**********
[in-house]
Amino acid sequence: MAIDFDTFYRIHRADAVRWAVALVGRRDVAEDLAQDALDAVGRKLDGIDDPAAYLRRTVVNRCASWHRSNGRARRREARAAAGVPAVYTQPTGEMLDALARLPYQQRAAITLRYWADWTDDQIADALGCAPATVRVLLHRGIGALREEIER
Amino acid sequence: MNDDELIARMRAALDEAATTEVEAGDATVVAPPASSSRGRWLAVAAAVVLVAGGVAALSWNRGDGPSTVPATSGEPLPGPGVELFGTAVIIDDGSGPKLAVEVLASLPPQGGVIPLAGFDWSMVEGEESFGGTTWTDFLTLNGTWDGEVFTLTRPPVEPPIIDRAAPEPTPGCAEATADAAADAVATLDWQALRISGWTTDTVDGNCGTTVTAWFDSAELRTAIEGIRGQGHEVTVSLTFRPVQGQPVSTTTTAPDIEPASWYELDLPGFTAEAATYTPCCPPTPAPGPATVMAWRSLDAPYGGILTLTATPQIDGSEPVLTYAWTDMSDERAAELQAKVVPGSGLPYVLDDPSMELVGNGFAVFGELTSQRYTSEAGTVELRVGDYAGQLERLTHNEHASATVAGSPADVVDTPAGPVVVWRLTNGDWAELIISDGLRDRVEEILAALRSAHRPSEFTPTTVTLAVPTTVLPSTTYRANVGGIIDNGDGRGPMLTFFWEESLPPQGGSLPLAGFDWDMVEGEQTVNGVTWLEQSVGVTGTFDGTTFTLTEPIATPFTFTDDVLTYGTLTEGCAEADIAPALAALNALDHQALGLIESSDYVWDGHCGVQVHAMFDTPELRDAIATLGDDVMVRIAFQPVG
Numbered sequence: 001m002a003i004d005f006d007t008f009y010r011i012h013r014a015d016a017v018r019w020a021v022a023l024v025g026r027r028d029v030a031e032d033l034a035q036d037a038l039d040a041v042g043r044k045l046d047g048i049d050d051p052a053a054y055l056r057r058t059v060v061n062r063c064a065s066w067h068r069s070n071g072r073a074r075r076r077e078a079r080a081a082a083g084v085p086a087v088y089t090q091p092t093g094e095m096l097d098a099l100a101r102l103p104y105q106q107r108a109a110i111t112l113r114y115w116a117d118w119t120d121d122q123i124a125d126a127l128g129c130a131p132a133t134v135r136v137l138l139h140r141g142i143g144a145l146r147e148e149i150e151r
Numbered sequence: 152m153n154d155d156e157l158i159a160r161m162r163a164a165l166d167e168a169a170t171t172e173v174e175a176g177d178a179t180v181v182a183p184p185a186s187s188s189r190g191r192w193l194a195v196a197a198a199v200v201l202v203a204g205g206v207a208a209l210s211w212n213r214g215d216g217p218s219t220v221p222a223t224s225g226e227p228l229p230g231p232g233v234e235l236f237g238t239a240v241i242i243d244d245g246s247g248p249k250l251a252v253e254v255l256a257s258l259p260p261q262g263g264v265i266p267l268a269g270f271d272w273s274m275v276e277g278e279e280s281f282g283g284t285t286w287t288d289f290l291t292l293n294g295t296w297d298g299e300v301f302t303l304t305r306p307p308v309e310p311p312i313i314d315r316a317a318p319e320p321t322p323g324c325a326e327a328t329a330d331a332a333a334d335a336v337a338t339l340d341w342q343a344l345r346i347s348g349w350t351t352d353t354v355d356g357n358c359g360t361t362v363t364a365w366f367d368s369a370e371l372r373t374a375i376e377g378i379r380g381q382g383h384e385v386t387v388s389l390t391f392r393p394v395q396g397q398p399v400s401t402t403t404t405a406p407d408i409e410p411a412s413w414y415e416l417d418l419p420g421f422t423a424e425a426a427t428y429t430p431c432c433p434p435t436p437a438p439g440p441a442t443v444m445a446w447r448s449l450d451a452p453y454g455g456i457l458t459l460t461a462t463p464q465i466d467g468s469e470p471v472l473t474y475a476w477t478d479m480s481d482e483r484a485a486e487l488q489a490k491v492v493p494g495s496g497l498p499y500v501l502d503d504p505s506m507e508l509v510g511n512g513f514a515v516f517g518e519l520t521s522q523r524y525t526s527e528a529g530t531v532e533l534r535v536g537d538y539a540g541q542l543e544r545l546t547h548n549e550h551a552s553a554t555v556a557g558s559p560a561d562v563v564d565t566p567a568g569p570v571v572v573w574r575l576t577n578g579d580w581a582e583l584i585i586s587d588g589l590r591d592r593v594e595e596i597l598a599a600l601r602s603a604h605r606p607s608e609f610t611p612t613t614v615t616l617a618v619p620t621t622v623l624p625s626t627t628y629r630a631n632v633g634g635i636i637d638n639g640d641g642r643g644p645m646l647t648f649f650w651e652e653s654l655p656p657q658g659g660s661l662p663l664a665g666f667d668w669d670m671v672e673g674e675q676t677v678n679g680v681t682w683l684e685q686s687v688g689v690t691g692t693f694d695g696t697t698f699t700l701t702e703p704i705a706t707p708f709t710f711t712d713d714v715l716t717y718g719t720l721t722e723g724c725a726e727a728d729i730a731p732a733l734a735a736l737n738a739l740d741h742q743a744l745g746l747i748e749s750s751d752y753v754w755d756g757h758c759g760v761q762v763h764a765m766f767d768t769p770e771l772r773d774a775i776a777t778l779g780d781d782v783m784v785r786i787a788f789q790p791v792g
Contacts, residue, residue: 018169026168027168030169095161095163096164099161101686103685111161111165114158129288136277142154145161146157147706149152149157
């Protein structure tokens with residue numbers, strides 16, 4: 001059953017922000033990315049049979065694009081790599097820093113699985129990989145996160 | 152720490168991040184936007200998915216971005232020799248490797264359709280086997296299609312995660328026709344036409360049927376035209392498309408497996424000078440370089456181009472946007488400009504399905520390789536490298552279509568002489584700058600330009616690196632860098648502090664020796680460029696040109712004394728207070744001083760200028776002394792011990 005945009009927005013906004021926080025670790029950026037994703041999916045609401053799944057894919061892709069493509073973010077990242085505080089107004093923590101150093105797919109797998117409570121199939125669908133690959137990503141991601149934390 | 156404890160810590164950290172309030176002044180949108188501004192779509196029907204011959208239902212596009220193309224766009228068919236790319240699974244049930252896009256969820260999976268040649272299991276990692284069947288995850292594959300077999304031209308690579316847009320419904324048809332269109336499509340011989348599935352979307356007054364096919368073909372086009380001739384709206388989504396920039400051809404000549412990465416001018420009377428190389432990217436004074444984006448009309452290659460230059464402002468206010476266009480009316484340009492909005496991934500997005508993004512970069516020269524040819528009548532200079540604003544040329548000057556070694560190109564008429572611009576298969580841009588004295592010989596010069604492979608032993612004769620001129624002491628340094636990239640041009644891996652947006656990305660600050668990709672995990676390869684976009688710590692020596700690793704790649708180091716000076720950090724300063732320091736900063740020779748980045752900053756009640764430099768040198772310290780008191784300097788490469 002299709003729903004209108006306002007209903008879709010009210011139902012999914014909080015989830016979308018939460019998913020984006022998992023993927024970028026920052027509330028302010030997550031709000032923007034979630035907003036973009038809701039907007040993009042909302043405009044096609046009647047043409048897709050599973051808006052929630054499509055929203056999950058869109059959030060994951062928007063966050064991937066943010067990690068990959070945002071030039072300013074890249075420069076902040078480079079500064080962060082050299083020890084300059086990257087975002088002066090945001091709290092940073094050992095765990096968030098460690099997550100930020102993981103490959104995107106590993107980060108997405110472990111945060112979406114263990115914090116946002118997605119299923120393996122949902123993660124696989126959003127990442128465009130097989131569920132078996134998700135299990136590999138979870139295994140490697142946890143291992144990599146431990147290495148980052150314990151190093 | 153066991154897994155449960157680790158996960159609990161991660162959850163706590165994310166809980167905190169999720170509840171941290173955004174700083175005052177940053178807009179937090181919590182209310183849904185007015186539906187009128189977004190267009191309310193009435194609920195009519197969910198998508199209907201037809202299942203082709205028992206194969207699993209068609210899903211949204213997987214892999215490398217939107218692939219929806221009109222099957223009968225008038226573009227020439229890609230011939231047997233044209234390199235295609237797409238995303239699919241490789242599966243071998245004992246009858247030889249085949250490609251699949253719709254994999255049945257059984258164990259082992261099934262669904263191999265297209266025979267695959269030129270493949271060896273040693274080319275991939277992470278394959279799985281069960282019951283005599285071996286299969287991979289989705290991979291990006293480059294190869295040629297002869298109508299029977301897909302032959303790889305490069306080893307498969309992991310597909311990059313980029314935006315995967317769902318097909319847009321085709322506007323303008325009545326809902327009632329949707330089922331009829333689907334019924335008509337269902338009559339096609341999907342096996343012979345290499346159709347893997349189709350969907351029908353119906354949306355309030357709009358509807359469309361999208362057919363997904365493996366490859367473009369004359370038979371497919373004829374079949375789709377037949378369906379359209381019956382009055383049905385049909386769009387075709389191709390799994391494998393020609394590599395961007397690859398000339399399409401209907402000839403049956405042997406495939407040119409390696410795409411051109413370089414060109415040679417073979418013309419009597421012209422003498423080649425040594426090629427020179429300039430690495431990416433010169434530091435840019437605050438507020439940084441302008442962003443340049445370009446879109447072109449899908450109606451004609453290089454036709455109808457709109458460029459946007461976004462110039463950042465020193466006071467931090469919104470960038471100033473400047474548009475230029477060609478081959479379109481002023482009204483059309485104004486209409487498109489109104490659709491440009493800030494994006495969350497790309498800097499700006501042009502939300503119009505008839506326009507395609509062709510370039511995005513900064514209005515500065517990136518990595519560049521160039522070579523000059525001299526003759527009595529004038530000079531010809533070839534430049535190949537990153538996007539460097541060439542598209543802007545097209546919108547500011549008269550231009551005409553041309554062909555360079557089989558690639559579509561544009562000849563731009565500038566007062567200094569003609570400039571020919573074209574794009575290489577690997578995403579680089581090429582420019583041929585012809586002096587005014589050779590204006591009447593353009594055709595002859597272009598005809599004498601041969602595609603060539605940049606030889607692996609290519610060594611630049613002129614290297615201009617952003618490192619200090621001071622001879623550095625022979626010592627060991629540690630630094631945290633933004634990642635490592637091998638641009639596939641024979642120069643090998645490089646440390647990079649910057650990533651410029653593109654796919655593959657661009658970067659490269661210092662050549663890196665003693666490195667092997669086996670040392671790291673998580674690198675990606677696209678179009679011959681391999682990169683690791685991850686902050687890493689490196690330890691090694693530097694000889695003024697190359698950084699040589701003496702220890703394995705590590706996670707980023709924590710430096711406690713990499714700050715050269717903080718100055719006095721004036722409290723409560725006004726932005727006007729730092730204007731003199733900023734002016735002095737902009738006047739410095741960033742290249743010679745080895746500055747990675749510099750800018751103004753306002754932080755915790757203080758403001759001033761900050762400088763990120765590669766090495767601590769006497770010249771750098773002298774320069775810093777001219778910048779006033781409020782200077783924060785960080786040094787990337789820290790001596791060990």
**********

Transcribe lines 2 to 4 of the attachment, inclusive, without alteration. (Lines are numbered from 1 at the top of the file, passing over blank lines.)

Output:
Amino acid sequence: MAIDFDTFYRIHRADAVRWAVALVGRRDVAEDLAQDALDAVGRKLDGIDDPAAYLRRTVVNRCASWHRSNGRARRREARAAAGVPAVYTQPTGEMLDALARLPYQQRAAITLRYWADWTDDQIADALGCAPATVRVLLHRGIGALREEIER
Amino acid sequence: MNDDELIARMRAALDEAATTEVEAGDATVVAPPASSSRGRWLAVAAAVVLVAGGVAALSWNRGDGPSTVPATSGEPLPGPGVELFGTAVIIDDGSGPKLAVEVLASLPPQGGVIPLAGFDWSMVEGEESFGGTTWTDFLTLNGTWDGEVFTLTRPPVEPPIIDRAAPEPTPGCAEATADAAADAVATLDWQALRISGWTTDTVDGNCGTTVTAWFDSAELRTAIEGIRGQGHEVTVSLTFRPVQGQPVSTTTTAPDIEPASWYELDLPGFTAEAATYTPCCPPTPAPGPATVMAWRSLDAPYGGILTLTATPQIDGSEPVLTYAWTDMSDERAAELQAKVVPGSGLPYVLDDPSMELVGNGFAVFGELTSQRYTSEAGTVELRVGDYAGQLERLTHNEHASATVAGSPADVVDTPAGPVVVWRLTNGDWAELIISDGLRDRVEEILAALRSAHRPSEFTPTTVTLAVPTTVLPSTTYRANVGGIIDNGDGRGPMLTFFWEESLPPQGGSLPLAGFDWDMVEGEQTVNGVTWLEQSVGVTGTFDGTTFTLTEPIATPFTFTDDVLTYGTLTEGCAEADIAPALAALNALDHQALGLIESSDYVWDGHCGVQVHAMFDTPELRDAIATLGDDVMVRIAFQPVG
Numbered sequence: 001m002a003i004d005f006d007t008f009y010r011i012h013r014a015d016a017v018r019w020a021v022a023l024v025g026r027r028d029v030a031e032d033l034a035q036d037a038l039d040a041v042g043r044k045l046d047g048i049d050d051p052a053a054y055l056r057r058t059v060v061n062r063c064a065s066w067h068r069s070n071g072r073a074r075r076r077e078a079r080a081a082a083g084v085p086a087v088y089t090q091p092t093g094e095m096l097d098a099l100a101r102l103p104y105q106q107r108a109a110i111t112l113r114y115w116a117d118w119t120d121d122q123i124a125d126a127l128g129c130a131p132a133t134v135r136v137l138l139h140r141g142i143g144a145l146r147e148e149i150e151r